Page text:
I am looking for my father Herman Albert Zimmerman, who was born Oct 13, 1896, in Magdeburg, Germany.

I found his World War I and II draft papers and have done much research with census and, on the Saxony sites and found nothing more about his parents. I am in the process of backtracking his steps where he boarded the Arnoldus Vinnen ship. I believe, in 1916-1917 I have the newspaper article where he was talking to congressman Donn Bonker and have also found a book (Worldcat catalogue entry) to read more about the ship's purpose and sailing days. Nothing in his adventures tells me who my grandparents are. I do know that he was born and his name and I remember seeing a picture of him with another boy and his parents, but no name on the back of the picture.

I do know he said he was of Lutheran faith. That is all I do know from his own words. I am very proud of my father he was a good man with a good heart. Thank you all for helping me. I gave my child his last name to carry his name forward.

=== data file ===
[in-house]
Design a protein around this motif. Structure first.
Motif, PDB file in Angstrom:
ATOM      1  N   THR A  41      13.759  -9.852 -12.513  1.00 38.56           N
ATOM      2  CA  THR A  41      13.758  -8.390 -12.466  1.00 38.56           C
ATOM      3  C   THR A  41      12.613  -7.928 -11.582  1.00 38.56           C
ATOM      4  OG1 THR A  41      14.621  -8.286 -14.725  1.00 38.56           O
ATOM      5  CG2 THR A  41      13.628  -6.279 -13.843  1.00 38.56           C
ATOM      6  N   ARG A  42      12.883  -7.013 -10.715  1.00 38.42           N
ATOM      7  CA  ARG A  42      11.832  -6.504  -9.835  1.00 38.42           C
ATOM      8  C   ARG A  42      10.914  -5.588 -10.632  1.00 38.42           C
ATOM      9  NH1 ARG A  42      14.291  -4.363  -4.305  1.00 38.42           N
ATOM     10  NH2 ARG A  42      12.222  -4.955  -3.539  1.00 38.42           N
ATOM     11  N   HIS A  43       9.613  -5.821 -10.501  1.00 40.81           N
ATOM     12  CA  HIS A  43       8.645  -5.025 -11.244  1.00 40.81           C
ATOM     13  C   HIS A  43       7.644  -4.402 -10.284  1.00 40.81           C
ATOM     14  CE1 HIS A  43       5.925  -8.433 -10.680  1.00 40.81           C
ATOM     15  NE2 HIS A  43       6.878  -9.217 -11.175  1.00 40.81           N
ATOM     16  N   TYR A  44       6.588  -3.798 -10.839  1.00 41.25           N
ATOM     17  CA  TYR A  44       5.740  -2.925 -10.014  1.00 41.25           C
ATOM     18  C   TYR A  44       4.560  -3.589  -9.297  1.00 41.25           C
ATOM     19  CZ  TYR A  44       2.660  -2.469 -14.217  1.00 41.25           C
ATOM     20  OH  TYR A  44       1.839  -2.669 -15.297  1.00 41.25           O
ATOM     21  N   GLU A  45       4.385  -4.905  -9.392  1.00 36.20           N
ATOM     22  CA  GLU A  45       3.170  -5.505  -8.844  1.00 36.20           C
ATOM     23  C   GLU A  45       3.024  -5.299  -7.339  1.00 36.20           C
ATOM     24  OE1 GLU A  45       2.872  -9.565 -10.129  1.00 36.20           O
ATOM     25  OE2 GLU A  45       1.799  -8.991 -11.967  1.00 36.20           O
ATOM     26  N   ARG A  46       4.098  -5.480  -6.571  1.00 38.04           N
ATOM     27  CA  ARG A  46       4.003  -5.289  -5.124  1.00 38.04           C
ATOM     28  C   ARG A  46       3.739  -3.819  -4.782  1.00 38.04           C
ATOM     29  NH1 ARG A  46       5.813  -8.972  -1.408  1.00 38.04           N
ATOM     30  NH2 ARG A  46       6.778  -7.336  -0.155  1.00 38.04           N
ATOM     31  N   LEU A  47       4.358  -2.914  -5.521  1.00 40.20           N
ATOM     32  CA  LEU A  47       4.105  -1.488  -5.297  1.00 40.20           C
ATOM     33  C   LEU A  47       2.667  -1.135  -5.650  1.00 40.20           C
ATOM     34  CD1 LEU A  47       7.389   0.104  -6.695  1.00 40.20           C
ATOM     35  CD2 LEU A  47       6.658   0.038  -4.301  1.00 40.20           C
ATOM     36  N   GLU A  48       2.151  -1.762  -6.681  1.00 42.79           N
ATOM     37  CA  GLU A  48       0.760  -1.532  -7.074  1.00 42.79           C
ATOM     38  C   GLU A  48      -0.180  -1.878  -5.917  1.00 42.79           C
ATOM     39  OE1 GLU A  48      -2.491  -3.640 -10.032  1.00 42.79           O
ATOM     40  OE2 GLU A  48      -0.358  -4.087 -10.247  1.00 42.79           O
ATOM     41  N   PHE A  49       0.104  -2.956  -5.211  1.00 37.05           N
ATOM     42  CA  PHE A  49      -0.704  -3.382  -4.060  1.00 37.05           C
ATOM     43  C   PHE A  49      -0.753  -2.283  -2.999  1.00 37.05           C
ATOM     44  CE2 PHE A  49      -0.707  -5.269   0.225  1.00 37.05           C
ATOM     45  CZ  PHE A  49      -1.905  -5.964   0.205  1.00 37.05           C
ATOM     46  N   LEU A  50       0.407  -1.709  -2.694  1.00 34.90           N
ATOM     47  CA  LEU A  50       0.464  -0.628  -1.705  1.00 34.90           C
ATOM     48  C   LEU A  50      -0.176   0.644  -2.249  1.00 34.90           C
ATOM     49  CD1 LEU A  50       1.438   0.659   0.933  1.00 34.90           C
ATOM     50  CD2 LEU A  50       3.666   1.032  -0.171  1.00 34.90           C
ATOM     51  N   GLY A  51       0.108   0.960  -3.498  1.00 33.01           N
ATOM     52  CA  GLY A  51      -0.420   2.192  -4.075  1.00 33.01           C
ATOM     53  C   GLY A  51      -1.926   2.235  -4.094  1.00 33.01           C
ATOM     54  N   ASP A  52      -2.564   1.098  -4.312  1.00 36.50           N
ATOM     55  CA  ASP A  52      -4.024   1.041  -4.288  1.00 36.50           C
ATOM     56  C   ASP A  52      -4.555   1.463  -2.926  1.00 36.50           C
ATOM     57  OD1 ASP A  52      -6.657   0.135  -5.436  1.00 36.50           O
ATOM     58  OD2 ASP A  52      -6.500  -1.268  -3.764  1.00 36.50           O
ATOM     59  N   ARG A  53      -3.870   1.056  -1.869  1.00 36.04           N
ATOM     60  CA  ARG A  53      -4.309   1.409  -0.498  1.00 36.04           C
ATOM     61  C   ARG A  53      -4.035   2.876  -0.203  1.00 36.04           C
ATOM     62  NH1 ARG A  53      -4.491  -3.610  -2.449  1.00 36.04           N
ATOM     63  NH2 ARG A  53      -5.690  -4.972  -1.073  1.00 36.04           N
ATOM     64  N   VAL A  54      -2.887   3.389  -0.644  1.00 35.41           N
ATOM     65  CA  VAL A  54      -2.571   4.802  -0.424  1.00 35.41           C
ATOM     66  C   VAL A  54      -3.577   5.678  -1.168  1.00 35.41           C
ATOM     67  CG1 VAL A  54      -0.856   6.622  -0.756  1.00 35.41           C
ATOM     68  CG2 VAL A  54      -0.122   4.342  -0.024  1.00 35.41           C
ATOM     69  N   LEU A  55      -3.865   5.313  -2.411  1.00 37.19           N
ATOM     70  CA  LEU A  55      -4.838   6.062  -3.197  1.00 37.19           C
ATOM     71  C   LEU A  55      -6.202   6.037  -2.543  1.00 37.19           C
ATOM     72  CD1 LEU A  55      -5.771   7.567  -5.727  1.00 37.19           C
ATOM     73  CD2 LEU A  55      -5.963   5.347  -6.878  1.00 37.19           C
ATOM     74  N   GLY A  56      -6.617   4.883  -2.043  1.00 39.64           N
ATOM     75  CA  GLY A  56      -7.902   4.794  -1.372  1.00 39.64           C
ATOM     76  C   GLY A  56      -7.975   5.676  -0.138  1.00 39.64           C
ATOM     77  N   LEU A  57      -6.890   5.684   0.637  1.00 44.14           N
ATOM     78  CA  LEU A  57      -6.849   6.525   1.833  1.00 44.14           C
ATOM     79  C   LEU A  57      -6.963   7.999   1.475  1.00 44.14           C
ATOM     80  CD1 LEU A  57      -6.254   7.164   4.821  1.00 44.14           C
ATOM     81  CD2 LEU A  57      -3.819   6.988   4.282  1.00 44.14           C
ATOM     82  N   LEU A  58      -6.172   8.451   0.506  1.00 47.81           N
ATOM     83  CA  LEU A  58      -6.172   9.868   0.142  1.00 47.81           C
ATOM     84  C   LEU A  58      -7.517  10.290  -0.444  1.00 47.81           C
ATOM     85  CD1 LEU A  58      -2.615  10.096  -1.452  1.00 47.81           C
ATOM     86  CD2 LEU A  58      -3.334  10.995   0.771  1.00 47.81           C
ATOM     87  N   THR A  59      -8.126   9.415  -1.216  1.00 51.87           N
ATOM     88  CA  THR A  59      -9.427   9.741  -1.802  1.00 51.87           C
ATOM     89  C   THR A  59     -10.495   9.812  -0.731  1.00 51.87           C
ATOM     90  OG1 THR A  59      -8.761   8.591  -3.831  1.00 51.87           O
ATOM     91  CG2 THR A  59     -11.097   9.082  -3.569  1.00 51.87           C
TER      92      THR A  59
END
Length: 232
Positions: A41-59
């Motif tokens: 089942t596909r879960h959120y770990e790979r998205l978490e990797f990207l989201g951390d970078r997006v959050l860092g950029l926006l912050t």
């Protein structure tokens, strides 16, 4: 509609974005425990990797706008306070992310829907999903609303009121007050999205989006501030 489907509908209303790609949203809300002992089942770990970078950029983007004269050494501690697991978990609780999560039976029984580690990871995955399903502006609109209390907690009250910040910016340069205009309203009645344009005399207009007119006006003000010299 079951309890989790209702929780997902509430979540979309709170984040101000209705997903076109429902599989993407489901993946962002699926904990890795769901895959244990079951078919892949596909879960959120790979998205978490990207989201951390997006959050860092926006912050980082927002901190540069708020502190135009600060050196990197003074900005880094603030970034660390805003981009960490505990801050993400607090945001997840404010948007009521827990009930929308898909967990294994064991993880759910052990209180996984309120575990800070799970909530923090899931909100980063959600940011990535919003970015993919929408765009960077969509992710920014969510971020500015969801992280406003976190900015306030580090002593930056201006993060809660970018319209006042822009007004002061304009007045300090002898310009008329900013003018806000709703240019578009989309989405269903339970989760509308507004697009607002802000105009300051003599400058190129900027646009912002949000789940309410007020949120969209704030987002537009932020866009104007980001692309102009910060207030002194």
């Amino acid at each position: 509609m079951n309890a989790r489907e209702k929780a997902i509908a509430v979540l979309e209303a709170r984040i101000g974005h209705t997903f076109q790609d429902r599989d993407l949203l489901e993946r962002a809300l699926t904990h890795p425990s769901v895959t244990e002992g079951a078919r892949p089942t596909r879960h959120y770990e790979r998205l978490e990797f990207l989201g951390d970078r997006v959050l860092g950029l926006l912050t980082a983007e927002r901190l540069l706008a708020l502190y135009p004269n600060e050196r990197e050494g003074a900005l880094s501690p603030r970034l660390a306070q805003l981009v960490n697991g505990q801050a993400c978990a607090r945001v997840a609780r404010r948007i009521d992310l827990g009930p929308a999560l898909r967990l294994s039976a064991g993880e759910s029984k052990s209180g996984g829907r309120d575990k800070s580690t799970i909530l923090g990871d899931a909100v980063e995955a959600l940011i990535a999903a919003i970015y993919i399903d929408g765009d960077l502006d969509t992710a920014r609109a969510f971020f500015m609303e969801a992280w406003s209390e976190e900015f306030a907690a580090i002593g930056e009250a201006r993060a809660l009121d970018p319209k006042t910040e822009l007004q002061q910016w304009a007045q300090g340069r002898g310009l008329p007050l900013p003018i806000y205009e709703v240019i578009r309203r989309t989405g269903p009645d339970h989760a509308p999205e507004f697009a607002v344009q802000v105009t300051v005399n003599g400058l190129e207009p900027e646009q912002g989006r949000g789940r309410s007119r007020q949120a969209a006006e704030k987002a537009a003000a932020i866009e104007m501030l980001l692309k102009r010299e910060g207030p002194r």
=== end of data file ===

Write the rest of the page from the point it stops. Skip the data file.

My question is now how do I find my grandparents in Magdeburg and or parishes where there might be a birth record, or census in Germany?

  • Welcome to G&FH SE! As a new user be sure to take the Tour to learn about our focussed Q&A format which is quite different from bulletin boards, discussion forums and other Q&A sites you may be used to. Please try to ask a single focussed question rather than just asking for "any help". I've edited your question and hope it still reflects your main question.
    – PolyGeo
    Commented Jan 31, 2017 at 5:15
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    I assume you mean Magdeburg? It was "Provinz Sachsen" and thus not (Kingdom of Saxony) but a Prussian province.
    – lejonet